The group quickly followed their attention-grabbing inaugural album with Cover Girl. Released in 1986, the record enjoyed a meager two-week stay on Billboard magazine’s 200 Top Pop Albums chart, peaking at number 181, quite a difference from its number 62 slot-earning predecessor. The record’s paltry performance, despite being a solid effort — just try not to sing along with the title track or “Going South” — has been credited to the reformation of the Stray Cats. Suddenly, the Cats were back in the recording studio and releasing albums, albeit sporadically, with Setzer again ensconced as its frontman and primary songwriter.
After two brief years, Phantom, Rocker & Slick was no more. “Well, Brian called and wanted to do the band again,” Phantom explained to me during a 2008 telephone interview. “The Stray Cats are first priority.”
Nearly 26 years have passed since the release of Phantom, Rocker & Slick’s final album; time marked by six presidential elections, the end of the Cold War, and national tragedies too painful and numerous to mention. In the ensuing decades, Lee Rocker has emerged as an acclaimed solo artist, his thumping upright bass a perfect accompaniment to his smooth vocals. Slim Jim Phantom has supplied his stick skills for numerous bands, including his recent HeadCat collaboration with Motorhead’s Lemmy Kilmister and famed guitarist, Danny B. Harvey. Earl Slick, as he has done since the mid-1970s, continues to release albums, both his own and as a supporting musician. With such a lengthy list of individual accomplishments, it seemed improbable — almost laughable — that Phantom, Rocker & Slick would ever reunite, yet, in late June, that’s exactly what happened. The group performed a pair of well-received concerts in Wisconsin and, if Facebook can be an indicator of such things, has hopes of reuniting for more.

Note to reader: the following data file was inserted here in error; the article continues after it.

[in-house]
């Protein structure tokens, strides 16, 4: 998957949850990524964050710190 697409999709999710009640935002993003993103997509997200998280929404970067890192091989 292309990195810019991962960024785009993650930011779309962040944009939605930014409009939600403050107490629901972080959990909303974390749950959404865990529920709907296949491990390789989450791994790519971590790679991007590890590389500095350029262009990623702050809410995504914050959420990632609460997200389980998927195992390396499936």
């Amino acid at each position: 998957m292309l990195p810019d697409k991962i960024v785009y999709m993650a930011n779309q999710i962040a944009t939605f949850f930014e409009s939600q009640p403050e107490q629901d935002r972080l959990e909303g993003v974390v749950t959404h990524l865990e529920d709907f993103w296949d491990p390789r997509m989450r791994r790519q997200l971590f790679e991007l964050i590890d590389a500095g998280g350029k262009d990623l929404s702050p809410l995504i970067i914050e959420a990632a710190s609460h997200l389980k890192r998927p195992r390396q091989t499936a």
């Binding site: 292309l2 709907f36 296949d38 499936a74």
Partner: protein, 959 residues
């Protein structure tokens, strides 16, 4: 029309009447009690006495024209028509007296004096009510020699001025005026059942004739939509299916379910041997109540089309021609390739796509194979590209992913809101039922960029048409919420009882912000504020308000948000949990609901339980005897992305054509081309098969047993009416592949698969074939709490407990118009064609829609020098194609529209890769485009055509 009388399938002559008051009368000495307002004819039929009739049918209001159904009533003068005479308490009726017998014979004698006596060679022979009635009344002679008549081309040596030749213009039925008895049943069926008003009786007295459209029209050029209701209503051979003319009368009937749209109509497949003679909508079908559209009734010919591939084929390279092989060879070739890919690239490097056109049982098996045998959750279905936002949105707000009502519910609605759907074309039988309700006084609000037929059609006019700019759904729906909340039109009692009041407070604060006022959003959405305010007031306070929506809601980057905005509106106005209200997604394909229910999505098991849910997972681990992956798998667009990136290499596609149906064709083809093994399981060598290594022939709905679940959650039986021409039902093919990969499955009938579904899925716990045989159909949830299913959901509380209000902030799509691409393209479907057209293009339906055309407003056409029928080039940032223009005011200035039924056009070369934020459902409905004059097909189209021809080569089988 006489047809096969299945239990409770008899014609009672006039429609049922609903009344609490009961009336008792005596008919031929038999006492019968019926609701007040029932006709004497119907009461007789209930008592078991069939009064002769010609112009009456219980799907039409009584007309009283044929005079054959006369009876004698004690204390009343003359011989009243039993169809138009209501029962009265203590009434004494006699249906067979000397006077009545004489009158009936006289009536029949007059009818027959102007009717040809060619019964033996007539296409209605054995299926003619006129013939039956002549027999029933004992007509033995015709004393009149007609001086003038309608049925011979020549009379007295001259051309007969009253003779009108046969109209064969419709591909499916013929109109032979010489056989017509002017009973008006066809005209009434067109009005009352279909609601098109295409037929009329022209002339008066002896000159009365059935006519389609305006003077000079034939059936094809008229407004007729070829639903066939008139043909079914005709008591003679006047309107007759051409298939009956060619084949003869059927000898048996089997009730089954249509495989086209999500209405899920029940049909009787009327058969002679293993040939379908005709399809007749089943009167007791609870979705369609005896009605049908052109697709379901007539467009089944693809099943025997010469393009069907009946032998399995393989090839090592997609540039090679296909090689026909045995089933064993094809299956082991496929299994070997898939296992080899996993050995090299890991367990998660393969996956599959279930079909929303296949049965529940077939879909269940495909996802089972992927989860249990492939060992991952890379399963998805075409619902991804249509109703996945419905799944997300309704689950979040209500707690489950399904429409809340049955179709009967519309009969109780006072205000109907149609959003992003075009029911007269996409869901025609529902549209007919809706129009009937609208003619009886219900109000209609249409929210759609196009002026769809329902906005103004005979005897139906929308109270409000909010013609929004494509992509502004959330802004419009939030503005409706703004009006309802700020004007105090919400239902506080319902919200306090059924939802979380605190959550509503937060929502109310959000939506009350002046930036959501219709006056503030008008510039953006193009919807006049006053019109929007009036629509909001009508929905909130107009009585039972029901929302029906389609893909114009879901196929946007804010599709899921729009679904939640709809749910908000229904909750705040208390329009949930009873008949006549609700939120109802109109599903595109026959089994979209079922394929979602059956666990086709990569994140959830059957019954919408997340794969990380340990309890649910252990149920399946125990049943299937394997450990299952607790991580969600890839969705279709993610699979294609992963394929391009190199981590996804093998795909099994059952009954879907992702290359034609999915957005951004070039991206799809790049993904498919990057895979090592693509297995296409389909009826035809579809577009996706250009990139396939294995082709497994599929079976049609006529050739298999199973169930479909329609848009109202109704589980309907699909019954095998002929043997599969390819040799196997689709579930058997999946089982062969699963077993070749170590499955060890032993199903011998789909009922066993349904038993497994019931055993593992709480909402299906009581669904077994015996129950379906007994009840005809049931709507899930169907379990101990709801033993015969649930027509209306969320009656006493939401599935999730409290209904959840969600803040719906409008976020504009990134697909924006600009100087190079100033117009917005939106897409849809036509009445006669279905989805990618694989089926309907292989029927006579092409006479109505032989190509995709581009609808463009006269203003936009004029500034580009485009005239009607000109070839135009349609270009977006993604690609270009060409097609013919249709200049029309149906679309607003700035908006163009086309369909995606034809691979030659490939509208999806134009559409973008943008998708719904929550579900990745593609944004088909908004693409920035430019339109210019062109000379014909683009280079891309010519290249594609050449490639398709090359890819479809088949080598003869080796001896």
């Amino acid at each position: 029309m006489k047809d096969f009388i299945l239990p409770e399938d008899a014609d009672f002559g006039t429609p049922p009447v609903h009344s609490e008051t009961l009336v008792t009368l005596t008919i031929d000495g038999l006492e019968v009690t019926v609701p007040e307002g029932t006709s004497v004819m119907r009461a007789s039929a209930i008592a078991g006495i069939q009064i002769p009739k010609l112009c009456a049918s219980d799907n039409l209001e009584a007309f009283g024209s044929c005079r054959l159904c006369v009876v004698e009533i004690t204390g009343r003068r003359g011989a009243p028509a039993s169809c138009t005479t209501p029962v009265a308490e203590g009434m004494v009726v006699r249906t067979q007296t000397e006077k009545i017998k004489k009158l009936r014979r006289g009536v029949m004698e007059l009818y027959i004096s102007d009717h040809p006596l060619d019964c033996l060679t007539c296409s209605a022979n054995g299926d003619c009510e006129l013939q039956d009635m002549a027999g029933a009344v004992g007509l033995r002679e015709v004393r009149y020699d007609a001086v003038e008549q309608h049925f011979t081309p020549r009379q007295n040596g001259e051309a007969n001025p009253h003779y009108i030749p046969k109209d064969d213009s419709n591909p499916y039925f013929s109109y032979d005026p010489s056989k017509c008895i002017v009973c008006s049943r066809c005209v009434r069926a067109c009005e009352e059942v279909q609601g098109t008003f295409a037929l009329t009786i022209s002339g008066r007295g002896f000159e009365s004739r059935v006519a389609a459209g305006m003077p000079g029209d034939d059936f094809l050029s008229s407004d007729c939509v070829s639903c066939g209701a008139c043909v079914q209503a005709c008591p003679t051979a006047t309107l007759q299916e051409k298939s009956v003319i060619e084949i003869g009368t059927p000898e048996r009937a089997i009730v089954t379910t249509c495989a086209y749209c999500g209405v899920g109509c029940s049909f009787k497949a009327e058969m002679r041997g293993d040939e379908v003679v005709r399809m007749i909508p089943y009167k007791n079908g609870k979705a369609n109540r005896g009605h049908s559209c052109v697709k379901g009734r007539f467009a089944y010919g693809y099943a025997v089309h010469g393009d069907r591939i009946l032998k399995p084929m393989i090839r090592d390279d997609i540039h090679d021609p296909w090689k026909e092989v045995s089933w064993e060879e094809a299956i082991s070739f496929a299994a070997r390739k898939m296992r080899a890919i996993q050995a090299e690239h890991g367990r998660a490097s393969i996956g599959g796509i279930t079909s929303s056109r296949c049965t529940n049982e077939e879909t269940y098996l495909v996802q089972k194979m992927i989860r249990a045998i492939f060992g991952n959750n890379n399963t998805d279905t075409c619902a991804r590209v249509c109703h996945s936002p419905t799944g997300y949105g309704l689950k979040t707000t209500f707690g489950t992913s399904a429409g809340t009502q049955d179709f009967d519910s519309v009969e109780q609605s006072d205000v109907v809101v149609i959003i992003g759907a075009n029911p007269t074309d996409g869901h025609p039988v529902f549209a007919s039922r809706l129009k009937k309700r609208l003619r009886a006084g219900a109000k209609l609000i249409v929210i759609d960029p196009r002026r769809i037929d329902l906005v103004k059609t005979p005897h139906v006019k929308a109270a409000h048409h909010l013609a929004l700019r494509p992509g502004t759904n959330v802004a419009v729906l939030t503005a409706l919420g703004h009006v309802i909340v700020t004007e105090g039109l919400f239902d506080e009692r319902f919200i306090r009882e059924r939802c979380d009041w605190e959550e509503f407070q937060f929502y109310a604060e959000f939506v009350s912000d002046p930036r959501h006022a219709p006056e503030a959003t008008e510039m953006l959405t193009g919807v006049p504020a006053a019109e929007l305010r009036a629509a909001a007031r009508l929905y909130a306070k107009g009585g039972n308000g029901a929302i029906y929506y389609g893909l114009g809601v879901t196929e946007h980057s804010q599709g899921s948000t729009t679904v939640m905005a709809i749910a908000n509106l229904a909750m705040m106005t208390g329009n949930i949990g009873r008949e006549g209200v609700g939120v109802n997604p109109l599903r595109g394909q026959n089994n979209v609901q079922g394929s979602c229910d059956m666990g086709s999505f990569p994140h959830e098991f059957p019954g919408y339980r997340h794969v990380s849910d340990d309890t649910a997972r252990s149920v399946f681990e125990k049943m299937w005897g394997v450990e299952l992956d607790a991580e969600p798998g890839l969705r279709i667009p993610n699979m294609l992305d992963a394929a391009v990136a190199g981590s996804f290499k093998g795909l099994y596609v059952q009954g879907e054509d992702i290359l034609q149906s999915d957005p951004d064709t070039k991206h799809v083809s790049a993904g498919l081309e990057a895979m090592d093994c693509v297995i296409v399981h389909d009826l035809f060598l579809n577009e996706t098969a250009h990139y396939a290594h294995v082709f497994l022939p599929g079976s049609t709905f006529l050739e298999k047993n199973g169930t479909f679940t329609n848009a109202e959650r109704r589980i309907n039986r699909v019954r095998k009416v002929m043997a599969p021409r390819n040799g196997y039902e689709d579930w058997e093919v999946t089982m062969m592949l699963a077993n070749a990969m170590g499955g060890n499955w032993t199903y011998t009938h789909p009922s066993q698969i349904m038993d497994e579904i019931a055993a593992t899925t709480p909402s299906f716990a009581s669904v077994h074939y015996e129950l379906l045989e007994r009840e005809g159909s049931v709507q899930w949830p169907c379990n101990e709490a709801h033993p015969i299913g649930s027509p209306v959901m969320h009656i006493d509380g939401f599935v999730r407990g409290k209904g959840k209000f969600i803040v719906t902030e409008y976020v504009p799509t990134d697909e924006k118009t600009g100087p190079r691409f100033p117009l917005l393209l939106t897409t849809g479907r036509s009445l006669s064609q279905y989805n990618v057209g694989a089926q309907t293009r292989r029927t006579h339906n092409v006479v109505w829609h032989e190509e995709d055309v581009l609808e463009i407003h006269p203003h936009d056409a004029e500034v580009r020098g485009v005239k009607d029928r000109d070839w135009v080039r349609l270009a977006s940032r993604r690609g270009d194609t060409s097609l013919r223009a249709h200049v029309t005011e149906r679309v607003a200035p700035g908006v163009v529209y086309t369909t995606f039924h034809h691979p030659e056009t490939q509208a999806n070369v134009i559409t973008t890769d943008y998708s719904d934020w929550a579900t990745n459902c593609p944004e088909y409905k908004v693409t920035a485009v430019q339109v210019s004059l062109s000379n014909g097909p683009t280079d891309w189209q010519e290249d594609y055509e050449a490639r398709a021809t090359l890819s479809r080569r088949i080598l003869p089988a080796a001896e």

While far outmatched by the abundance of Stray Cats-related memorabilia scattered throughout my home, my scant Phantom, Rocker & Slick collection remains an important centerpiece. A small poster from a Michigan concert — another Ebay find — adorns a hallway door, while a vinyl copy of their initial release, which, in early 2012, was re-issued on CD for the first time, resides alongside the reverential works of Buddy Holly, Elvis Presley and the Beatles.
The T-shirt that lays bare the secret of a forgotten band — what might have been, as Lee Rocker aptly sang in “The Only Way to Fly”, rock ‘n’ roll’s “next big thing” — remains near the front of my closet, always within easy grasp. It’s an item that will never meet a mothball; never see the inside of a plastic bag or a cardboard box. Phantom, Rocker & Slick is my electrified, not so guilty pleasure, and a secret that, for once, I don’t mind sharing.
Published: August 8, 2012